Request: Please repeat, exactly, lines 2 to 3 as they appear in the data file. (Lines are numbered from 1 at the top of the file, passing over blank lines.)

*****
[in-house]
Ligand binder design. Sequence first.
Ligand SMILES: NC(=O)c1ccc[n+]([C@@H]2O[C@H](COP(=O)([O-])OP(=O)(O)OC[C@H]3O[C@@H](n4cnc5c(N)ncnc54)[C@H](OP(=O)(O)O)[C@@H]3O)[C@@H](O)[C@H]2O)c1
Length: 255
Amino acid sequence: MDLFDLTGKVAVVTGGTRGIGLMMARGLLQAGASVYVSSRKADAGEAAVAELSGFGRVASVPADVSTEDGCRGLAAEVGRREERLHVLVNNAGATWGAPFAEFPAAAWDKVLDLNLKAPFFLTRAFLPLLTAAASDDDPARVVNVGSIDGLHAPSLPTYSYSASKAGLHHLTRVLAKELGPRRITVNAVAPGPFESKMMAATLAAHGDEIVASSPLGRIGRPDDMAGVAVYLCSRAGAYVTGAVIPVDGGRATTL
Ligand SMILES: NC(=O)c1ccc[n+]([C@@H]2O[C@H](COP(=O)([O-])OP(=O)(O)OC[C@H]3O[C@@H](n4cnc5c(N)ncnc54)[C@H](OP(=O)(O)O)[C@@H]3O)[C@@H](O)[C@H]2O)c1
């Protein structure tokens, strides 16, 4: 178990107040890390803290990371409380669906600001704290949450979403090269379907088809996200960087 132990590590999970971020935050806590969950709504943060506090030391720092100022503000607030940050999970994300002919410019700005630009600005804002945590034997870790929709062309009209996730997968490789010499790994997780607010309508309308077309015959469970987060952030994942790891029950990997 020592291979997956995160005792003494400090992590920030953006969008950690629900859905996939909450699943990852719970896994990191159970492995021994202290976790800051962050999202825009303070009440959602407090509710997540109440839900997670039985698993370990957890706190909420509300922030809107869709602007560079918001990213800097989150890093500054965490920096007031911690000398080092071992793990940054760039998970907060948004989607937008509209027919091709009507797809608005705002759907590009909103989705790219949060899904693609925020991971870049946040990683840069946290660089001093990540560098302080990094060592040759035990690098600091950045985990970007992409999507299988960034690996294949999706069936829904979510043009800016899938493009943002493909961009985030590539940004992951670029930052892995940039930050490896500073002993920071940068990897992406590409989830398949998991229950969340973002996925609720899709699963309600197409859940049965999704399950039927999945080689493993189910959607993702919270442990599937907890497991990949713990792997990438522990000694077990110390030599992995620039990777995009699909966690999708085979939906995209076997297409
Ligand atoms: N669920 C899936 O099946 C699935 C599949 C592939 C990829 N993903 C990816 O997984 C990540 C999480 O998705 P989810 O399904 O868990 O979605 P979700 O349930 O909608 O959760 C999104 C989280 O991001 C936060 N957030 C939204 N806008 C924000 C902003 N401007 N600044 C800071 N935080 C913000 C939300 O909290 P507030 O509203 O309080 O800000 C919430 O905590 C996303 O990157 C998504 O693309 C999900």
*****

Ligand binder design. Sequence first.
Ligand SMILES: NC(=O)c1ccc[n+]([C@@H]2O[C@H](COP(=O)([O-])OP(=O)(O)OC[C@H]3O[C@@H](n4cnc5c(N)ncnc54)[C@H](OP(=O)(O)O)[C@@H]3O)[C@@H](O)[C@H]2O)c1